Enjoying heterosexual privilege
My last two weeks have been unusually social, with two dinner dates with friends I hadn’t seen in a while. Both are female friends, but obviously not girlfriends. (Unless you mean it in the sense of that TV show, and not really even then.)
First was Kate, the brilliant author of Food Mapping and an old college friend and aikido partner. She actually came down to Hightstown from big ol’ Brooklyn just to see me, which was a nice change from my usual routine of cramming her and however many other friends I can visit into a weekend-long stay. (Brooklyn is still cooler than Hightstown, though.) At Masti, an Indian restaurant in East Windsor, we got some of the most satisfying food I’ve had since going vegetarian a few weeks ago.
And this past Wednesday I met up with my friend Eri, another smarty college friend. She’s living in North Jersey for the month, so we met up halfway in New Brunswick, which was surprisingly nice. (From the stories my parents have told me, the city has definitely improved since their days living there before I was born.) She and I got Eastern Mediterranean food at Kairo Kafe, which was also quite nice. Both Eri and Kate ate vegetarian for their meals with me, which was nice for sharing and led to a shockingly cheap bill.
After dinner, Eri and I went to get drinks at Harvest Moon, which had a pleasant atmosphere and reasonable prices. (I only got a soda because I had to drive home.) Everywhere I went with my two friends, I enjoyed something I hadn’t for a while now – heterosexual privilege. Most people don’t think about it, and indeed I don’t imagine I would were I straight, but not only do people tend to assume that two people of opposite sexes and similar ages are dating, but they’re much nicer to them and treat them in very particular, and expected, ways that they don’t treat two men, who they’re rarely willing to imagine are a couple, even when they very obviously are.
My boyfriend and I joke that whoever gets the bill is “the man,” and to see why you only need to look at a a man and a woman out to dinner. Personally, I think it’s a bit old-fashioned and anti-feminist to give women special treatment, but apparently I’m in the minority, since I got the bill. Eri and I asked two men a few years older than us for directions. They joked with her, though she wasn’t kidding, and were extremely surprised when I joked too, treating me more seriously—as if I was the one who would navigate the both of us. I have an atrocious sense of direction.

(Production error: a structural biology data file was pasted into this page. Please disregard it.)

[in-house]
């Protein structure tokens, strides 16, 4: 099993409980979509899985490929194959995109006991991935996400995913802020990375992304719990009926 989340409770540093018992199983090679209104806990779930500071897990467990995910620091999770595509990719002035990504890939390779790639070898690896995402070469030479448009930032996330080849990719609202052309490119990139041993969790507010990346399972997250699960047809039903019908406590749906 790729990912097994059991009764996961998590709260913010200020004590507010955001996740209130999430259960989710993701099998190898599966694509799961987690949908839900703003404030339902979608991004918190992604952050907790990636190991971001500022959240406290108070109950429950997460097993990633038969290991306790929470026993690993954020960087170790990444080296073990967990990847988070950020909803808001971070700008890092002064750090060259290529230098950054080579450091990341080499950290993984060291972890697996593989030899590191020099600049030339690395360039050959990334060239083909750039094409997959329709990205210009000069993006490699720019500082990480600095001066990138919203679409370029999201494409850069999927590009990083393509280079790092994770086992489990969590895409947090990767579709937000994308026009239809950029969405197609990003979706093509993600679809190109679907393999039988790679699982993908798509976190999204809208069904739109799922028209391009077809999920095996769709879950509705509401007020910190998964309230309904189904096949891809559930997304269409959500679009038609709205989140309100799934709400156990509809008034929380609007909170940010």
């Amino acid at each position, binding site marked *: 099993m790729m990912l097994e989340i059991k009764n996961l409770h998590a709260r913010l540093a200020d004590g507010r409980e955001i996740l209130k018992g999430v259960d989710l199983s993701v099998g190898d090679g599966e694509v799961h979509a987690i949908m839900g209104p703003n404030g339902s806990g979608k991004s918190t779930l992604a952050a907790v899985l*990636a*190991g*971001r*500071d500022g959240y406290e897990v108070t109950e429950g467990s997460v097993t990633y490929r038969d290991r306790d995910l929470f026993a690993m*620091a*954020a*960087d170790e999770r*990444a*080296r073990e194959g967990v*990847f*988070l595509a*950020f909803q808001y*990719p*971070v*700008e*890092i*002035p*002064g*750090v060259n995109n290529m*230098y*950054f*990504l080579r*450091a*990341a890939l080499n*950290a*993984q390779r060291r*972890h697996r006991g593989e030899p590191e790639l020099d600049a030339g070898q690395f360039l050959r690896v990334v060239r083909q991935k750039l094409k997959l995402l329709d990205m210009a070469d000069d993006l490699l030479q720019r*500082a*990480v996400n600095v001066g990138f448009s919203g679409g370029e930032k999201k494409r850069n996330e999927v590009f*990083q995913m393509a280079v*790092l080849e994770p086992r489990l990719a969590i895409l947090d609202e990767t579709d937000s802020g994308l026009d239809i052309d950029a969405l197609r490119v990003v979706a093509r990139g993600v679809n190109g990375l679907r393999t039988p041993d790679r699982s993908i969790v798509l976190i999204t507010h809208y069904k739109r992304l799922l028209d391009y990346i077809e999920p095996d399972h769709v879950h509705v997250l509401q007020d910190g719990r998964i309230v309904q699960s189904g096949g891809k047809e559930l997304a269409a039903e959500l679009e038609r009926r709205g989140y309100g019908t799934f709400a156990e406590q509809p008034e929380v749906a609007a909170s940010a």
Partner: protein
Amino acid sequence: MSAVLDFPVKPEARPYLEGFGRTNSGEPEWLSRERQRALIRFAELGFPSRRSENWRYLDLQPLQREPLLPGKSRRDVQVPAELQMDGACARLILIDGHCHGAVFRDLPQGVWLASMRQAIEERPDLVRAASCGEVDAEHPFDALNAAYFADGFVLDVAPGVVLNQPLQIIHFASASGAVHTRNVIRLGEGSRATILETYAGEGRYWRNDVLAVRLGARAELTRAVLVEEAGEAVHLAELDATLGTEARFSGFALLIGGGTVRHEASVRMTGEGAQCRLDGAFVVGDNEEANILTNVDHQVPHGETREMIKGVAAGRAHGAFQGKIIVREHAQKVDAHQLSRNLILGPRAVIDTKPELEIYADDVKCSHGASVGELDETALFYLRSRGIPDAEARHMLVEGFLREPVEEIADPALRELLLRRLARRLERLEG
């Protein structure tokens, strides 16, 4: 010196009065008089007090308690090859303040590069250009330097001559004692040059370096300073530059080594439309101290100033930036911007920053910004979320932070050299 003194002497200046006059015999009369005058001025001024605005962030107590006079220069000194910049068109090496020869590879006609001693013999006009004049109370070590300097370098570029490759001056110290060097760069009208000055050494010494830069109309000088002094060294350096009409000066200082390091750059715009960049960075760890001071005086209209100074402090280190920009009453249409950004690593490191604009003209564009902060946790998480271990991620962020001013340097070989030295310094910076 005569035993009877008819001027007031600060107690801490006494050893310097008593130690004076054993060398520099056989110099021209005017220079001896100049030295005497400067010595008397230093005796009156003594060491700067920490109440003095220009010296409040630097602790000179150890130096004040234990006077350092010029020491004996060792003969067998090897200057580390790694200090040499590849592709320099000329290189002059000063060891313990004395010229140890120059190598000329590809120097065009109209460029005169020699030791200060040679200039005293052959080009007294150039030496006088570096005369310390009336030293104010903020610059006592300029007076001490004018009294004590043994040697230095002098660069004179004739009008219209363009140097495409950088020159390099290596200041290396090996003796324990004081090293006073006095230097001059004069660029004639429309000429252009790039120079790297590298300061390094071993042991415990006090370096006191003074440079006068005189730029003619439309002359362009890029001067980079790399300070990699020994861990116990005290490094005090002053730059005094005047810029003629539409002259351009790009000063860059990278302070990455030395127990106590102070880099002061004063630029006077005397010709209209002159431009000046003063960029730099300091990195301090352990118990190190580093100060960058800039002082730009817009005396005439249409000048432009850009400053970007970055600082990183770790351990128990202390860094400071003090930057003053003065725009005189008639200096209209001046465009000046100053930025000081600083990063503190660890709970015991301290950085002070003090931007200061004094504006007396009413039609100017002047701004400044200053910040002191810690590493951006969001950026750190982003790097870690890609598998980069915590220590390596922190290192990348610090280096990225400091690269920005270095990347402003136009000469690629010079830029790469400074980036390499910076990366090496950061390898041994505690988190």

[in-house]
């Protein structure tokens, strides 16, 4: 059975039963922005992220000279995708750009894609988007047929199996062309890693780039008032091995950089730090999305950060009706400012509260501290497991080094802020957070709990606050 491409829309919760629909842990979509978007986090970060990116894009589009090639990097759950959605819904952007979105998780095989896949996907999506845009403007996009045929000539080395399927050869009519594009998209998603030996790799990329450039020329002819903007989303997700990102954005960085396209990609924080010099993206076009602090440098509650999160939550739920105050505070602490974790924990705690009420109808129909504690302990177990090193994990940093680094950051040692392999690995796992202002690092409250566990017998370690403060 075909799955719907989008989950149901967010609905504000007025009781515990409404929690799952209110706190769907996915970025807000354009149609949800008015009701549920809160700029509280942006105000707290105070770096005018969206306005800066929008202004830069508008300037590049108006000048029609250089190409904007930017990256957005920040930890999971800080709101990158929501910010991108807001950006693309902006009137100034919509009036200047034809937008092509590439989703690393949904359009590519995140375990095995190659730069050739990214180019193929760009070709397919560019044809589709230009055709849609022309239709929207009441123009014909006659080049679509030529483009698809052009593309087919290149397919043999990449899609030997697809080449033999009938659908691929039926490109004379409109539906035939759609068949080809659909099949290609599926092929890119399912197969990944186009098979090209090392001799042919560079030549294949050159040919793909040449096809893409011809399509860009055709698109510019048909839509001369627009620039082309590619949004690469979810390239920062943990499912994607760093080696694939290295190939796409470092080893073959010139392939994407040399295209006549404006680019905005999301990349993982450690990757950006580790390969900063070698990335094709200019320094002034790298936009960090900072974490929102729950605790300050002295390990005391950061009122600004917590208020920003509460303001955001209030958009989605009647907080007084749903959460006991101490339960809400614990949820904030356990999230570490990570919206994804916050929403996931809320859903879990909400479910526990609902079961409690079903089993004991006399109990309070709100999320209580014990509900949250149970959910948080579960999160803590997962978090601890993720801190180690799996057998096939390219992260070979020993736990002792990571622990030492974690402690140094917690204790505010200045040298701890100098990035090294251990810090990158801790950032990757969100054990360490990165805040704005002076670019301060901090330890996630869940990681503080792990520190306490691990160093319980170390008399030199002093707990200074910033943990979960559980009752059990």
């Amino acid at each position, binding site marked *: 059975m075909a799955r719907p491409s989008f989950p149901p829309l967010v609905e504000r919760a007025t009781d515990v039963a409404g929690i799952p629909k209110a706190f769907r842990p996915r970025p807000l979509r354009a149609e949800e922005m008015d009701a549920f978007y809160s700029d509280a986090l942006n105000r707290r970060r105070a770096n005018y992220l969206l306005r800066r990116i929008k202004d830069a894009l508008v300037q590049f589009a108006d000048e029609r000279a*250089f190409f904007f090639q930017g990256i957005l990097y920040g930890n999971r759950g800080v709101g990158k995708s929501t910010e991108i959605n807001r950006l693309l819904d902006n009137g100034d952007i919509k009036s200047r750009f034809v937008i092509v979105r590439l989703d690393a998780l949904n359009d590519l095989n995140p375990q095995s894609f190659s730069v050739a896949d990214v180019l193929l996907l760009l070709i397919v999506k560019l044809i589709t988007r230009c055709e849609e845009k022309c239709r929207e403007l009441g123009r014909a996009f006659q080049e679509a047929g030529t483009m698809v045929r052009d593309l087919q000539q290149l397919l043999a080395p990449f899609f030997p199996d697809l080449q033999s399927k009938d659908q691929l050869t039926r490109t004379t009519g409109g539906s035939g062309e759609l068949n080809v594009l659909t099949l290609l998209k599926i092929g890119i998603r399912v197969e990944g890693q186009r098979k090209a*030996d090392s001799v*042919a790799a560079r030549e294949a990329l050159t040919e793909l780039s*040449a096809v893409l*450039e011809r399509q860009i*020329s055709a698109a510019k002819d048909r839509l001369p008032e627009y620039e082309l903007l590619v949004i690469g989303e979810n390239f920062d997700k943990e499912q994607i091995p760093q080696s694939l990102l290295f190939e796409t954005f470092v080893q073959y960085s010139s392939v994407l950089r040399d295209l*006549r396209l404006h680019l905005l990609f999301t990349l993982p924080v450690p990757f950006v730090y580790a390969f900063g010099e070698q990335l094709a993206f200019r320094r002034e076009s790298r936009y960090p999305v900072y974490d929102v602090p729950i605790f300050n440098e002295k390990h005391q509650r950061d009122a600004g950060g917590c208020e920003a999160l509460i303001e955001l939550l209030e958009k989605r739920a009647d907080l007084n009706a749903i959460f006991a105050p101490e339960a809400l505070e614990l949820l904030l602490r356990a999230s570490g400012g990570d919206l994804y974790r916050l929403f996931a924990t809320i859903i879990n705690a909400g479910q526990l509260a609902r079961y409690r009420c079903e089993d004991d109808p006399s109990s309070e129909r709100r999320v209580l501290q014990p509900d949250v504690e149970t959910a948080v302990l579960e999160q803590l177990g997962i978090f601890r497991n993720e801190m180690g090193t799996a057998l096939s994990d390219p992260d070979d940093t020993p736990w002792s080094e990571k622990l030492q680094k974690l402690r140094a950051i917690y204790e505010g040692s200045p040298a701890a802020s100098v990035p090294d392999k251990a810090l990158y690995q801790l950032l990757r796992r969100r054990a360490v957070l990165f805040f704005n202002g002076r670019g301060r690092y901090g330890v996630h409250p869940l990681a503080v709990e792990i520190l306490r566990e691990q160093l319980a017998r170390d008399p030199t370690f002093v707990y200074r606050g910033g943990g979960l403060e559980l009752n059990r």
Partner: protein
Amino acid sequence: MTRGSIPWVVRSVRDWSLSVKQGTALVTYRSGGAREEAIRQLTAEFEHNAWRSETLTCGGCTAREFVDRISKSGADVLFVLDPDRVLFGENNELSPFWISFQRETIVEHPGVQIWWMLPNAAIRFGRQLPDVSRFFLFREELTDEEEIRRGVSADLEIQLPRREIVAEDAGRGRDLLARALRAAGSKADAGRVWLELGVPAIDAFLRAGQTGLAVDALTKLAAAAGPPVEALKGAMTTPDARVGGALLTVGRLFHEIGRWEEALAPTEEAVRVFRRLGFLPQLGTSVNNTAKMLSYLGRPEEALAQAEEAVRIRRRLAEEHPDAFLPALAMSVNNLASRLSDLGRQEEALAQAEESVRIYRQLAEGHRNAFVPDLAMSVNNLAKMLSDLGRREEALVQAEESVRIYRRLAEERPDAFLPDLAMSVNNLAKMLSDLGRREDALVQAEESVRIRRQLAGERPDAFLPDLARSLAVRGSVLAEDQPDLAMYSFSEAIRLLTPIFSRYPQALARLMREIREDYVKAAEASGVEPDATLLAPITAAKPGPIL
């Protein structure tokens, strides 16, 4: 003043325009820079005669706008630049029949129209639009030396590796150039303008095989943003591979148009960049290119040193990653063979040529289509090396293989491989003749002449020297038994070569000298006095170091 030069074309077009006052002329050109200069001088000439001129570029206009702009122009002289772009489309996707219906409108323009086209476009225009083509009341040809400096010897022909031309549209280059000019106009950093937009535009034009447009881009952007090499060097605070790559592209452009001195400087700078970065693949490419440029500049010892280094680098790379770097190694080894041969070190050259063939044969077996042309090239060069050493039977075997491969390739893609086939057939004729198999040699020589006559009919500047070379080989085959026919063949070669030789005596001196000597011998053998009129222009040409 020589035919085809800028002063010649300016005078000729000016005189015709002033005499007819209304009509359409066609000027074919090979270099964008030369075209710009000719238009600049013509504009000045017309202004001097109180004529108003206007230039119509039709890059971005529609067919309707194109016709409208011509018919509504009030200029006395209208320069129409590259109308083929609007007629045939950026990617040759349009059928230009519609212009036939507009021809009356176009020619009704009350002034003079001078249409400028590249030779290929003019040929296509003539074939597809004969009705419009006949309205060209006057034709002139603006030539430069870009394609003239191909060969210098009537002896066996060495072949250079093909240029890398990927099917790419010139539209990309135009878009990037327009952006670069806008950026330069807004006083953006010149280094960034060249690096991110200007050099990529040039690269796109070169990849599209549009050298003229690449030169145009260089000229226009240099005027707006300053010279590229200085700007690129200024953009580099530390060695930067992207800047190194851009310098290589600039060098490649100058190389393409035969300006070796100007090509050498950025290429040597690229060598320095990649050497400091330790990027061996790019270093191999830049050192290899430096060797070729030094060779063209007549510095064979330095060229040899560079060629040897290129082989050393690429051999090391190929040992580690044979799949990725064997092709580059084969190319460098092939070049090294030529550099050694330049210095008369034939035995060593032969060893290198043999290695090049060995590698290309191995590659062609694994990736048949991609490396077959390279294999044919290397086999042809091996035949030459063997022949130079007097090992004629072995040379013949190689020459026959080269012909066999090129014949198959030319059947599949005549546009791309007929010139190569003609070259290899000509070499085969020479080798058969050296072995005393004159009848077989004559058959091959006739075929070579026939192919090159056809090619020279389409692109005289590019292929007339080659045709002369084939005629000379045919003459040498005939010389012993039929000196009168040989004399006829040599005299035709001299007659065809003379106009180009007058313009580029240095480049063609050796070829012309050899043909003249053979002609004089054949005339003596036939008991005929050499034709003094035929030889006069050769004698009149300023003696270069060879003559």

It was actually nice to enjoy the perks for a few nights, but I wish I could do so more often, and more honestly, with my real significant other. Back in middle and high school, when I still dated girls, people would say how cute we were. But the moment I started dating boys, the number of people doing so dropped precipitously. Now it happens considerably less frequently, but the intensity seems to have increased.
Seeing a gay couple in public seems to galvanize people’s emotions, for better or for worse. People won’t tell us we’re a “cute couple,” but rather “how important it is to see two men expressing affection in public.” And of course, I’ve seen straight couples making out ’til the cows come home, but we get heckled for holding hands.
There are straight couples who feel guilty about this kind of thing. Some even say they won’t get married until everyone can. Personally, I think that’s stupid. If you have the right to do it, exercise it! Enjoy it! We want more people to get married, not fewer!
If you’re a straight couple, I encourage you to be cute and let people treat you nicely, and I’d be happy to come to your wedding. As long as there’s cake. But when it’s time to vote, or someone says something anti-gay (and especially when the two overlap, as in the case of a Democratic Hightstownian town council candidate), keep us in mind. Vote with your wallets, your ballots, and your words. And your cake.